TransLink Mayors’ Council requests emergency funds, pursuit of permanent transit funding in federal pre-budget request

Feb. 15, 2023
The council wants C$250 million in emergency funds, to be matched by the province, as well as acceleration of Canada’s Permanent Transit Fund and additional efforts to stabilize transit funding in the country.

The TransLink Mayors’ Council on Regional Transportation, citing rapid regional population growth, submitted its pre-budget request to the government of Canada’s minister for finance seeking emergency funding, as well as actions that would provide more stable permanent funding for transit in Canada.

“Our region is growing faster than ever, and our transit system will struggle to keep up with forecasted population growth if we don’t act now to secure funding from senior governments,” said Mayor of Port Coquitlam and Chair of the Mayors’ Council Brad West. “We just need to look at the new federal immigration targets to see that a record number of people will be settling here and adding to the demands on our transit network. This is a critical point to invest in Metro Vancouver’s long-term infrastructure needs, and the Mayors’ Council is determined to make sure this message is being heard in Ottawa.”

It is estimated that 1.45 million people will immigrate to Canada between now and 2025, one of every eight of whom are forecast to end up in Metro Vancouver. The population of Metro Vancouver is estimated to increase by more than one million people by 2050.

“Surrey is one of the fastest growing cities in Canada. Ridership here is surging as more and more new people who depend on good transit move here. We cannot wait to build the transit this region and these new residents need to succeed,” said Surrey Mayor Brenda Locke.

The Mayors’ Council provided the government of Canada with four main requests in its pre-budget submission:

  • The Mayors’ Council is requesting C$250 million (US$187.05 million) in emergency relief funding, which the council wants the government of British Columbia to match, to protect existing transit service levels in 2023-25 and enable TransLink to begin improving and expanding transit starting in late 2024.
  • Accelerate the delivery of the Permanent Transit Fund (PTF) by two years from the original commitment of 2026-27 to 2024-25 to avoid delaying TransLink’s Transport 2050 10-Year Priorities. The plan outlines the transit service expansion needed to meet national and provincial greenhouse gas emission targets, respond to the housing affordability crisis and serve quickly growing ridership.
  • Permanently double the Canada Community-Building Fund and increase its annual escalator to 3.5 percent to better reflect construction cost inflation.
  • Launch a tri-partite national commission together with provinces, transit agencies and local governments to develop a new funding model for public transit that is more resilient and equitable by avoiding overreliance on regressive sources such as transit fares and property taxes.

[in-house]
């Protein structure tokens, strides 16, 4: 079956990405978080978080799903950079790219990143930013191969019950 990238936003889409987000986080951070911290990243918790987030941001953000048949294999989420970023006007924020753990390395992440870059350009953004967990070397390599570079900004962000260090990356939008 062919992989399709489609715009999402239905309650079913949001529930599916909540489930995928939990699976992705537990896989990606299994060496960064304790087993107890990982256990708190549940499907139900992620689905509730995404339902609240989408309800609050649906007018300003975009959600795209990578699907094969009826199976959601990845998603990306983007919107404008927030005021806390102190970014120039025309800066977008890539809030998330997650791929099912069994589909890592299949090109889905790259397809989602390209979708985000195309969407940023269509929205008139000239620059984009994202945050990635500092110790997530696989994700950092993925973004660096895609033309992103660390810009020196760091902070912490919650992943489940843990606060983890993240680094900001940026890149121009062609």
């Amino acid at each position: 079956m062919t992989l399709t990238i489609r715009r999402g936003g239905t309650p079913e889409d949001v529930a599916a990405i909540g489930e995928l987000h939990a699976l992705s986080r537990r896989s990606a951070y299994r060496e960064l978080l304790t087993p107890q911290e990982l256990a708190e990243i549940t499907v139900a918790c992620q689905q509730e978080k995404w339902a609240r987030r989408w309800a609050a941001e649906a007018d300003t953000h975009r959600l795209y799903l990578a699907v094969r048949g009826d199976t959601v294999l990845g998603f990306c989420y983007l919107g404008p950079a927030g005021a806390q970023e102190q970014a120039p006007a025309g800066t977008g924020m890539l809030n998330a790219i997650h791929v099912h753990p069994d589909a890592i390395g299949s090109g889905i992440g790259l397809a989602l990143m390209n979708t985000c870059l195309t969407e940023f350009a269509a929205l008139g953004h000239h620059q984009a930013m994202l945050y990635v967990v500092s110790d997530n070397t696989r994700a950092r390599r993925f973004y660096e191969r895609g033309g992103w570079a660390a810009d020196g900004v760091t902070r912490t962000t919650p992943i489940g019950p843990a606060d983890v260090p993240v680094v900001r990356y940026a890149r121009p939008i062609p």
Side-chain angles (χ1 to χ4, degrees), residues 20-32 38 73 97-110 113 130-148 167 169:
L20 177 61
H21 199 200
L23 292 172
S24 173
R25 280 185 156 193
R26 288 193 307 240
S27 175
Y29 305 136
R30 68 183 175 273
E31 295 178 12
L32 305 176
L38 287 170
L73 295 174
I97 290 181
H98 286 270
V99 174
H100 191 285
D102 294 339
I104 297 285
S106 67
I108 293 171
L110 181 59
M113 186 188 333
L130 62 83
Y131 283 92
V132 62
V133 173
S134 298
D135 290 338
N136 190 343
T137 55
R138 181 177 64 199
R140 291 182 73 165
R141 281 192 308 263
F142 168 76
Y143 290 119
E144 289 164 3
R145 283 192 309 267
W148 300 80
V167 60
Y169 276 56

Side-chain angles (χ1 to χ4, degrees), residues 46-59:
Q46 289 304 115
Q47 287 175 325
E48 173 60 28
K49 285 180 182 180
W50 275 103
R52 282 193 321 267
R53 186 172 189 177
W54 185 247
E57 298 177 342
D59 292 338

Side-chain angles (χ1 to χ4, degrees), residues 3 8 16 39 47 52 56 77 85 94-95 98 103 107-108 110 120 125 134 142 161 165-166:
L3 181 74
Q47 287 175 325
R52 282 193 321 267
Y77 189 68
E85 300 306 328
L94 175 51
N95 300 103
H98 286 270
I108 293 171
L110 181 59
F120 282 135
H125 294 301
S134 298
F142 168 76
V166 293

“Strengthening transportation links between Metro Vancouver communities is a vital step towards a more prosperous, sustainable future for our region,” Mayor of Vancouver Ken Sim said. “Metro Vancouver mayors are united in our determination to secure these important investments, and we are excited about the positive impacts they will have.”

TransLink’s Transport 2050 10-Year Priorities plan includes doubling of bus service region-wide, nine new Bus Rapid Transit (BRT) lines, expansion of active transportation infrastructure and SkyTrain service expansion to meet forecasted population growth and ensure more residents have easy access to transit. The plan was re-endorsed unanimously by the Mayors’ Council on Jan. 26.

“Reliable and efficient transit is crucial to our residents, businesses and economy,” said Kevin Quinn, CEO of TransLink. “Metro Vancouver is expected to grow substantially in the near future, which will bring increased pressures on our public transit services. TransLink will need sustainable and dependable funding to both maintain our current levels of service and prepare for critically needed expansion.”

In May 2022, the government of British Columbia committed to providing more than C$2.4 billion to advance key transit and infrastructure priorities, including the Surrey Langley Skytrain and electrification of the bus fleet, as part of the province’s ongoing commitment to fund 40 percent of the 10-year plan.

“The provincial and federal governments have been good partners to TransLink,” said Burnaby Mayor and Vice-Chair of the Mayors’ Council Mike Hurley. “They understand a strong public transit system is fundamental to our shared affordability and climate action goals. The BC Government is already at the table with us, and we need the government of Canada to renew its commitment by taking the actions the Mayors’ Council has outlined in our budget submission.”

About the Author

Mischa Wanek-Libman | Editor in Chief

Mischa Wanek-Libman serves as editor in chief of Mass Transit magazine. She is responsible for developing and maintaining the magazine’s editorial direction and is based in the western suburbs of Chicago.

Wanek-Libman has spent more than 20 years covering transportation issues including construction projects and engineering challenges for various commuter railroads and transit agencies. She has been recognized for editorial excellence through her individual work, as well as for collaborative content. 

She is an active member of the American Public Transportation Association's Marketing and Communications Committee and serves as a Board Observer on the National Railroad Construction and Maintenance Association (NRC) Board of Directors.  

She is a graduate of Drake University, where she earned a Bachelor of Arts degree in Journalism and Mass Communication with a major in magazine journalism and a minor in business management.